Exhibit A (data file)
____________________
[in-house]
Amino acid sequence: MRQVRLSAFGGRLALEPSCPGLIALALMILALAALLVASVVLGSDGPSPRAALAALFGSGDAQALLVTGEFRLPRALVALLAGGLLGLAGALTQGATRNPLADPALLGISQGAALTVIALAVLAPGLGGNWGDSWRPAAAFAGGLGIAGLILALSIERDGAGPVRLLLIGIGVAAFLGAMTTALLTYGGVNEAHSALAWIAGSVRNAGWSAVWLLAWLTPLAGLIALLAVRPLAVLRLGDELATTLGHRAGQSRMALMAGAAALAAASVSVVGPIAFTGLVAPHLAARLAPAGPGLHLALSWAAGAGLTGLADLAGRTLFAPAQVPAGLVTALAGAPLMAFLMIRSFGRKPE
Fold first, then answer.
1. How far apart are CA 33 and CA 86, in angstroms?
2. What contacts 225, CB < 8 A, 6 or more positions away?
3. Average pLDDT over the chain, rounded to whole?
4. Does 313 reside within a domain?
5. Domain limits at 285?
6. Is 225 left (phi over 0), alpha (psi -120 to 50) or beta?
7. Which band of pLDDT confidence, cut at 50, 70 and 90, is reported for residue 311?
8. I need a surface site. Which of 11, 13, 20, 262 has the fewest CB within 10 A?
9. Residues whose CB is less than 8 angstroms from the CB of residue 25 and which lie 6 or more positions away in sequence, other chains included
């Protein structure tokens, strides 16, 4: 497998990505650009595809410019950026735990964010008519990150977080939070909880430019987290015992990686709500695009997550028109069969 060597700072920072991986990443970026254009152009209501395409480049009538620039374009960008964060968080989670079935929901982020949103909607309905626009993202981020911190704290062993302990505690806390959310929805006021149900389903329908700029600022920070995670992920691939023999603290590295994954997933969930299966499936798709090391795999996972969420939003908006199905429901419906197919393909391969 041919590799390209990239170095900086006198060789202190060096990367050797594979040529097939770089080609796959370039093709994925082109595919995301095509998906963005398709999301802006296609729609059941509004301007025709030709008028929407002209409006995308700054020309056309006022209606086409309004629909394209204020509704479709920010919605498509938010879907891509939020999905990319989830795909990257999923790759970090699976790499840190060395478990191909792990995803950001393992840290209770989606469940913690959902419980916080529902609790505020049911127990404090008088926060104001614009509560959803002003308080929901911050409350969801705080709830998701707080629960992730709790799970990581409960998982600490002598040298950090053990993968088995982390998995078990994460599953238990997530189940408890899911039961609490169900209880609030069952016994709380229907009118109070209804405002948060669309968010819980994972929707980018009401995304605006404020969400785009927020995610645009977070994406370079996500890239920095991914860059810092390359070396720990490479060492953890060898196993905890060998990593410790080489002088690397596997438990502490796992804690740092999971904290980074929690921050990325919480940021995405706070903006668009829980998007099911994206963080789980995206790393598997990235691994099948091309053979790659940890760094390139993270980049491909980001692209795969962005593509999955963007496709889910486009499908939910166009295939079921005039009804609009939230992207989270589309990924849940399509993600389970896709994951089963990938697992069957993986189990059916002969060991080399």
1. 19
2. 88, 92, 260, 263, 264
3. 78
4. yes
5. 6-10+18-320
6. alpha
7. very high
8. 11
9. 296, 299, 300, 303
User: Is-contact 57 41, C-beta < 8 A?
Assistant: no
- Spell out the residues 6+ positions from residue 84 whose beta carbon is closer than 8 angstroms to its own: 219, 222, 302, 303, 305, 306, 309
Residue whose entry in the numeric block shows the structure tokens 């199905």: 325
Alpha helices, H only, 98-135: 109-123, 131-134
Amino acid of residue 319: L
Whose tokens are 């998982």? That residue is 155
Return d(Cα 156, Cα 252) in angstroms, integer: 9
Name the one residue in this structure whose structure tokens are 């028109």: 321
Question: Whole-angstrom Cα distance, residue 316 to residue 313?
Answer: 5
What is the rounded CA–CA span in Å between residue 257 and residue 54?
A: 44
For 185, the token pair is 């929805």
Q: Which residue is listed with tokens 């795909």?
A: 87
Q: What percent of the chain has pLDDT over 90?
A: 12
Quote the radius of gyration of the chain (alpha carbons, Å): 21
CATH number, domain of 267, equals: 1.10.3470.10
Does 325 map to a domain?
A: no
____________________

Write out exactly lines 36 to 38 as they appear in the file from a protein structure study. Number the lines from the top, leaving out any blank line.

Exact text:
For 185, the token pair is 């929805």
Q: Which residue is listed with tokens 């795909």?
A: 87